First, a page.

E.g., x=(*addptr)(10,20);
     The above statement is used to call that function which is already assigned to pointer-to-function.

A program that demonstrates pointer-to-function

#include$ < $stdio.h$ > $
int add(int,int); //function prototype – No change, give prototype normally.
main()
{
          int a,b,c;
          int (*addptr)(int,int); //step-1: pointer-to-function declaration
          printf(“\n Enter the values of a and b: ”);
          scanf(“%d%d”,&a,&b);
          addptr=add; //step-2: Assign name of function to the pointer
          c=(*addptr)(a,b); //step-3 call the function using pointer
          printf(“\n The result=%d”,c);
}
int  add(int x,int y) //function definition- No change, give definition normally
{
          int z;
          z=x+y;
          return z;
}

Output:
Enter the values of a and b: 10
12
The result=22

A pointer-to-function can be passed to another function as an argument. This allows one function to be transferred to another function. Let us refer to the first function as the guest function and the second function as host function. Thus the guest function is passed to the host function, where it can be accessed. When we want to pass a function as an argument to another function, do the following:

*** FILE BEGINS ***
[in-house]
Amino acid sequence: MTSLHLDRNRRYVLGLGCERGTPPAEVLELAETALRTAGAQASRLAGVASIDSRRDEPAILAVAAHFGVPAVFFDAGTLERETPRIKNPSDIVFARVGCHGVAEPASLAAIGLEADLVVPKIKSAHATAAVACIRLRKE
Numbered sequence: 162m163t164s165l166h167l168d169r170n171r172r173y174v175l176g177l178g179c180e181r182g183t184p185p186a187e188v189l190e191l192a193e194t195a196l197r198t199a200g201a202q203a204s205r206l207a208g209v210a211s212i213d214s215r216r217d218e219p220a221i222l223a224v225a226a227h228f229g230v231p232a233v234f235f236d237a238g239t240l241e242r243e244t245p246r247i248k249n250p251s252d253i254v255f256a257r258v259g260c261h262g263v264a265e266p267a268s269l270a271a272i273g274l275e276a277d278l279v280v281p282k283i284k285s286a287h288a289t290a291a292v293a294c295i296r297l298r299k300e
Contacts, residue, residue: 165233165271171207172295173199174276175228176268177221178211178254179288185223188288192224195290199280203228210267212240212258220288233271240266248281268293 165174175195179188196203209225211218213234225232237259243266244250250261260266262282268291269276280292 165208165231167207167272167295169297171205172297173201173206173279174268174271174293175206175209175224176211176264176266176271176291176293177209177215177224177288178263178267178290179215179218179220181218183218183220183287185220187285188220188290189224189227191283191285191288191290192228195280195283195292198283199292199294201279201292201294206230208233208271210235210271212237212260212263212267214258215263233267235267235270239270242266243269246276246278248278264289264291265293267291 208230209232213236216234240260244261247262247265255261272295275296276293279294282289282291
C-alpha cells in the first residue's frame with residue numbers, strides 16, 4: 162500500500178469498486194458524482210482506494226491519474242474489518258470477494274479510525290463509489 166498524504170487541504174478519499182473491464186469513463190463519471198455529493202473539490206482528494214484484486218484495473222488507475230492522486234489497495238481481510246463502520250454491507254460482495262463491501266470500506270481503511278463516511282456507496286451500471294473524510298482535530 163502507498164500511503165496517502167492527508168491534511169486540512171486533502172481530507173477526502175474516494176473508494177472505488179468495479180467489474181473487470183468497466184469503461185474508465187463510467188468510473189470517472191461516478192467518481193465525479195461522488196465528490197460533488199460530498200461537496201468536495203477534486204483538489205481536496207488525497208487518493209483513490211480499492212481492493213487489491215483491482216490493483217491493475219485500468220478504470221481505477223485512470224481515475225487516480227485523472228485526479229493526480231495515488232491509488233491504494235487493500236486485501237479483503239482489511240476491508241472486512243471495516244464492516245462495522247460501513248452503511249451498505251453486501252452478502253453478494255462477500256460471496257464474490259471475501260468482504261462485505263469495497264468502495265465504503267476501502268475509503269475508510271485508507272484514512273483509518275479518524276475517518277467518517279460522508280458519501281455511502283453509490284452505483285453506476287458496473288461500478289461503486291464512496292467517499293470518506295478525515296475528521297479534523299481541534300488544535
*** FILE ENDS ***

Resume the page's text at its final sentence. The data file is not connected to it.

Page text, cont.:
1)    While calling the host function, place the name of the guest function as an argument. The name itself serves as a pointer to guest function.
2)    Give the definition of guest function as usual.
3)    In the definition of host function, place a pointer to guest function as an argument.
4)    In the definition of host function, call guest function for further process.

Program that demonstrates function as an argument to another function